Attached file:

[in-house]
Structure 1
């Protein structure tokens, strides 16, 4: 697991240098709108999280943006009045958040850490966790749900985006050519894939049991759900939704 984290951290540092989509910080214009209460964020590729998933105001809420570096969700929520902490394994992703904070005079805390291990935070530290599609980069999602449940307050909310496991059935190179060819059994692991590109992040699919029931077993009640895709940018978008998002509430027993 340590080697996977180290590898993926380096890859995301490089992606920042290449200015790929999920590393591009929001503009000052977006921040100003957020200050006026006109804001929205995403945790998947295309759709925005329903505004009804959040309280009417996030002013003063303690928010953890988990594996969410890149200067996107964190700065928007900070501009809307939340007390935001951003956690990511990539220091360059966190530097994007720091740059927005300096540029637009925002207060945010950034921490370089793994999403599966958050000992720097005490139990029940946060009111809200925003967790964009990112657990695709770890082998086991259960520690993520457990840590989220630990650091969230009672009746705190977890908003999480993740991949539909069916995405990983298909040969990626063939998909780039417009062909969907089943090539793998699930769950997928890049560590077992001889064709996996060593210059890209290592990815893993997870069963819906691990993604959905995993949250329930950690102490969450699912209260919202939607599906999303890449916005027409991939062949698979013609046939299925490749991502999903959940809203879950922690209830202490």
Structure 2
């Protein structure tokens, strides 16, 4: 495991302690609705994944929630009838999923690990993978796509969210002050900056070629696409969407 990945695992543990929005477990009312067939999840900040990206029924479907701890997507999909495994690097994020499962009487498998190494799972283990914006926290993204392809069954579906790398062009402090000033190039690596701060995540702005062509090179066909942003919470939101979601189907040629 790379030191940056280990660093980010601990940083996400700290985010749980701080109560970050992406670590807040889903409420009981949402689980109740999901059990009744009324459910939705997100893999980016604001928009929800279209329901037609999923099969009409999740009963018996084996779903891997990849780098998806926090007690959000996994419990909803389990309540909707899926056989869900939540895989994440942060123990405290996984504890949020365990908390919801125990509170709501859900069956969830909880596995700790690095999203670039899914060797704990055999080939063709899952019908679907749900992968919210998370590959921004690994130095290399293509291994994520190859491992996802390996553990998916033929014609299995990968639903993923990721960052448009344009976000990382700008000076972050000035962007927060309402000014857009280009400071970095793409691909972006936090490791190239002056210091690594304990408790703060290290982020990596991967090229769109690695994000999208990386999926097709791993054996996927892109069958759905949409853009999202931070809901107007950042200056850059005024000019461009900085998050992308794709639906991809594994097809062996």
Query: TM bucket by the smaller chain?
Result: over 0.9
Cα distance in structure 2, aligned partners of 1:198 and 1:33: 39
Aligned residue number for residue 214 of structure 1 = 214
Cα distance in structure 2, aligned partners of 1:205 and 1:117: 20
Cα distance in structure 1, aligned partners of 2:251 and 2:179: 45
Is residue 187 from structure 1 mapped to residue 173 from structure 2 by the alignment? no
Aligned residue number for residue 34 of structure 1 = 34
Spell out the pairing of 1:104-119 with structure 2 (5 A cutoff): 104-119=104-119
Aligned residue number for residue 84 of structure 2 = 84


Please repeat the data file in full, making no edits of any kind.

[in-house]
Structure 1
């Protein structure tokens, strides 16, 4: 697991240098709108999280943006009045958040850490966790749900985006050519894939049991759900939704 984290951290540092989509910080214009209460964020590729998933105001809420570096969700929520902490394994992703904070005079805390291990935070530290599609980069999602449940307050909310496991059935190179060819059994692991590109992040699919029931077993009640895709940018978008998002509430027993 340590080697996977180290590898993926380096890859995301490089992606920042290449200015790929999920590393591009929001503009000052977006921040100003957020200050006026006109804001929205995403945790998947295309759709925005329903505004009804959040309280009417996030002013003063303690928010953890988990594996969410890149200067996107964190700065928007900070501009809307939340007390935001951003956690990511990539220091360059966190530097994007720091740059927005300096540029637009925002207060945010950034921490370089793994999403599966958050000992720097005490139990029940946060009111809200925003967790964009990112657990695709770890082998086991259960520690993520457990840590989220630990650091969230009672009746705190977890908003999480993740991949539909069916995405990983298909040969990626063939998909780039417009062909969907089943090539793998699930769950997928890049560590077992001889064709996996060593210059890209290592990815893993997870069963819906691990993604959905995993949250329930950690102490969450699912209260919202939607599906999303890449916005027409991939062949698979013609046939299925490749991502999903959940809203879950922690209830202490």
Structure 2
């Protein structure tokens, strides 16, 4: 495991302690609705994944929630009838999923690990993978796509969210002050900056070629696409969407 990945695992543990929005477990009312067939999840900040990206029924479907701890997507999909495994690097994020499962009487498998190494799972283990914006926290993204392809069954579906790398062009402090000033190039690596701060995540702005062509090179066909942003919470939101979601189907040629 790379030191940056280990660093980010601990940083996400700290985010749980701080109560970050992406670590807040889903409420009981949402689980109740999901059990009744009324459910939705997100893999980016604001928009929800279209329901037609999923099969009409999740009963018996084996779903891997990849780098998806926090007690959000996994419990909803389990309540909707899926056989869900939540895989994440942060123990405290996984504890949020365990908390919801125990509170709501859900069956969830909880596995700790690095999203670039899914060797704990055999080939063709899952019908679907749900992968919210998370590959921004690994130095290399293509291994994520190859491992996802390996553990998916033929014609299995990968639903993923990721960052448009344009976000990382700008000076972050000035962007927060309402000014857009280009400071970095793409691909972006936090490791190239002056210091690594304990408790703060290290982020990596991967090229769109690695994000999208990386999926097709791993054996996927892109069958759905949409853009999202931070809901107007950042200056850059005024000019461009900085998050992308794709639906991809594994097809062996």
Query: TM bucket by the smaller chain?
Result: over 0.9
Cα distance in structure 2, aligned partners of 1:198 and 1:33: 39
Aligned residue number for residue 214 of structure 1 = 214
Cα distance in structure 2, aligned partners of 1:205 and 1:117: 20
Cα distance in structure 1, aligned partners of 2:251 and 2:179: 45
Is residue 187 from structure 1 mapped to residue 173 from structure 2 by the alignment? no
Aligned residue number for residue 34 of structure 1 = 34
Spell out the pairing of 1:104-119 with structure 2 (5 A cutoff): 104-119=104-119
Aligned residue number for residue 84 of structure 2 = 84